THE CONCRETE ROUNDABOUT (TCR)

The Unofficial MK Dons Forum. Discuss and debate all things Dons
It is currently Sat Feb 24, 2018 6:17 am

All times are UTC




Post new topic Reply to topic  [ 21 posts ]  Go to page 1, 2, 3  Next
Author Message
PostPosted: Thu Sep 28, 2017 6:49 pm 
Offline

Joined: Sat Sep 23, 2017 1:46 pm
Posts: 433
What ?

(another from the TCR set)


Top
 Profile  
 
PostPosted: Fri Sep 29, 2017 8:28 pm 
Offline
User avatar

Joined: Sun Sep 24, 2017 8:54 am
Posts: 240
Go on then - a couple over the summer months:

Absolute Beginners by Colin MacInnes - fabulous coming of age story set against the West London race riots of 1958. Beautifully caricatured Jazz/proto Mod kids emerging from the shadows of the De-Mob generation. A joyous re-read for me after 25 years this is gritty, funny, and tragic at the same time

Cats Cradle by Kurt Vonnegut- If you will, this is a dystopian tale of cold war meets science fiction, farce meets Armageddon. Impossible to say much more without spoiling, this is easy, hilarious and imaginative. If you have read Slaughterhouse 5 and wonder where to go next with Vonnegut, this is the next step


Top
 Profile  
 
PostPosted: Sun Oct 15, 2017 7:18 pm 
Offline
User avatar

Joined: Fri Sep 29, 2017 8:15 pm
Posts: 1065
Location: 1978/79
The Doors - Unhinged.
John Densmore goes to court to stop Manzarek and Krieger using the name of the band.
A lot of nice observations on life, money, and greed. (Don't get me wrong its not all about sixties stuff/dudes/man/peace/love blah blah at all)
Is he the true custodian of The Doors legacy? Or an annoying irritant with a bee in his bonnet?

_________________
Gimme Gimme Shock Treatment


Top
 Profile  
 
PostPosted: Sun Oct 15, 2017 10:52 pm 
Offline
User avatar

Joined: Sat Sep 23, 2017 1:57 pm
Posts: 274
This is going to hurt - Adam Kay

A hilarious and harrowing insight into the life of a doctor in today’s nhs.


Top
 Profile  
 
PostPosted: Thu Oct 19, 2017 2:22 pm 
Offline
User avatar

Joined: Sun Oct 01, 2017 8:56 am
Posts: 1056
Beyond a Boundary - CLR James

A great book by Trinidadian marxist historian and cricket journalist CLR James. It's reputation is very high and deservedly so. John Arlott wrote in Wisden: "1963 has been marked by the publication of a cricket book so outstanding as to compel any reviewer to check his adjectives several times before he describes it and, since he is likely to be dealing in superlatives, to measure them carefully to avoid over-praise – which this book does not need … in the opinion of the reviewer, it is the finest book written about the game of cricket."

But it's much, much more than a book about cricket theory and history. It's about how the game is lived, how it is shaped by social development and vice vera. It also is threaded with English literature (Hazlitt, Thackery etc.), Black national contiousness, a discussion on what is art and why cricket qualifies as a true art, memoir, and more.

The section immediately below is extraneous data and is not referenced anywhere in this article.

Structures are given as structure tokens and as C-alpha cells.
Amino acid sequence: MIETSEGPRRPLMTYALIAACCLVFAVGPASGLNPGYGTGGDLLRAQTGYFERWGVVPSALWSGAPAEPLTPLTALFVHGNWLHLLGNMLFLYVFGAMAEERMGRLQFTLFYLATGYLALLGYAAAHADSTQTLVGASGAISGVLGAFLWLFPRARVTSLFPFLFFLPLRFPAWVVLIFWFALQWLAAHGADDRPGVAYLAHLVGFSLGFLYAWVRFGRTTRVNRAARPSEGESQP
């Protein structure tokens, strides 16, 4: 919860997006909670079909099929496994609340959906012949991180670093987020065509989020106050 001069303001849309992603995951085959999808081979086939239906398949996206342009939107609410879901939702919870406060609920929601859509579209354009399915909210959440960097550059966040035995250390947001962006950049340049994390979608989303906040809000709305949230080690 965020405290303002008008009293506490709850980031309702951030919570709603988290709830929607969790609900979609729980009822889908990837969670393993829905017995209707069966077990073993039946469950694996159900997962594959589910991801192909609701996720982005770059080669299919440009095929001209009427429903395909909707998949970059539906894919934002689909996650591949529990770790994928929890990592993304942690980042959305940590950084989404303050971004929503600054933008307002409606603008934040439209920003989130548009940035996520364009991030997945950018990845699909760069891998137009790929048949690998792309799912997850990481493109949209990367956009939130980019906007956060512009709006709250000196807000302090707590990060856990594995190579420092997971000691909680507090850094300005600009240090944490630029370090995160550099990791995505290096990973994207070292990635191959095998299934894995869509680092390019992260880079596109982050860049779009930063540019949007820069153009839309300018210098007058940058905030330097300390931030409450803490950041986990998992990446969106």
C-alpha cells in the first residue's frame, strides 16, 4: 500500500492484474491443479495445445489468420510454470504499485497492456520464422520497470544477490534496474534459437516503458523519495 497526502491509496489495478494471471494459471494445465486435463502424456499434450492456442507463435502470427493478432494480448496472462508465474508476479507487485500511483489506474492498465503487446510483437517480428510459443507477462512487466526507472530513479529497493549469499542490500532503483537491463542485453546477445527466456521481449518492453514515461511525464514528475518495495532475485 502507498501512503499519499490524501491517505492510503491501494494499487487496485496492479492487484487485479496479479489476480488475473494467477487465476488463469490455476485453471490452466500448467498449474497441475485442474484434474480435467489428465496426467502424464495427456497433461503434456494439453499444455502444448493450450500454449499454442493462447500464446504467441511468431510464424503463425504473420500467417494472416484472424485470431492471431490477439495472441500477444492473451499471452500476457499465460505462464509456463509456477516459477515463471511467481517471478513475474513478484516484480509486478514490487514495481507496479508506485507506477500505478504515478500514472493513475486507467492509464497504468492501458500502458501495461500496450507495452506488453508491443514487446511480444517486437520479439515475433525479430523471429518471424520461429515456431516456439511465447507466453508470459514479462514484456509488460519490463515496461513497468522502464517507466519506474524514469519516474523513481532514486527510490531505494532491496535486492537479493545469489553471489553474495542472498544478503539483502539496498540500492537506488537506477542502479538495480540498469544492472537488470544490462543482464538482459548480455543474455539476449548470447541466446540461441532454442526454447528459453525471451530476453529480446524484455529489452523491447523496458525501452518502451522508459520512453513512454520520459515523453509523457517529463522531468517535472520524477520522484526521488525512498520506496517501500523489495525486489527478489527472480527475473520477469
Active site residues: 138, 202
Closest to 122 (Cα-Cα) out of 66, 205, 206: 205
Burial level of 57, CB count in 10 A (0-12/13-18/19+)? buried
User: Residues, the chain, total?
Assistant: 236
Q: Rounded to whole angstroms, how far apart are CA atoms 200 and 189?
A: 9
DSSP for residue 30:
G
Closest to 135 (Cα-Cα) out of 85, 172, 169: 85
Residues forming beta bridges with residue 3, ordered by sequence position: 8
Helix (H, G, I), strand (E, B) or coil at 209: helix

A truly great read.

_________________
I don't need your ill-informed, half-baked, idiotic opinions. I have plenty of those myself.


Top
 Profile  
 
PostPosted: Thu Oct 19, 2017 2:31 pm 
Offline

Joined: Sat Sep 23, 2017 6:56 pm
Posts: 769
keyser soze wrote:
Beyond a Boundary - CLR James

A great book by Trinidadian marxist historian and cricket journalist CLR James. It's reputation is very high and deservedly so. John Arlott wrote in Wisden: "1963 has been marked by the publication of a cricket book so outstanding as to compel any reviewer to check his adjectives several times before he describes it and, since he is likely to be dealing in superlatives, to measure them carefully to avoid over-praise – which this book does not need … in the opinion of the reviewer, it is the finest book written about the game of cricket."

But it's much, much more than a book about cricket theory and history. It's about how the game is lived, how it is shaped by social development and vice vera. It also is threaded with English literature (Hazlitt, Thackery etc.), Black national contiousness, a discussion on what is art and why cricket qualifies as a true art, memoir, and more.

A truly great read.


One of the best books I've ever read.


Top
 Profile  
 
PostPosted: Thu Oct 19, 2017 2:52 pm 
Offline
User avatar

Joined: Sun Oct 01, 2017 8:56 am
Posts: 1056
dons50 wrote:
keyser soze wrote:
Beyond a Boundary - CLR James

A great book by Trinidadian marxist historian and cricket journalist CLR James. It's reputation is very high and deservedly so. John Arlott wrote in Wisden: "1963 has been marked by the publication of a cricket book so outstanding as to compel any reviewer to check his adjectives several times before he describes it and, since he is likely to be dealing in superlatives, to measure them carefully to avoid over-praise – which this book does not need … in the opinion of the reviewer, it is the finest book written about the game of cricket."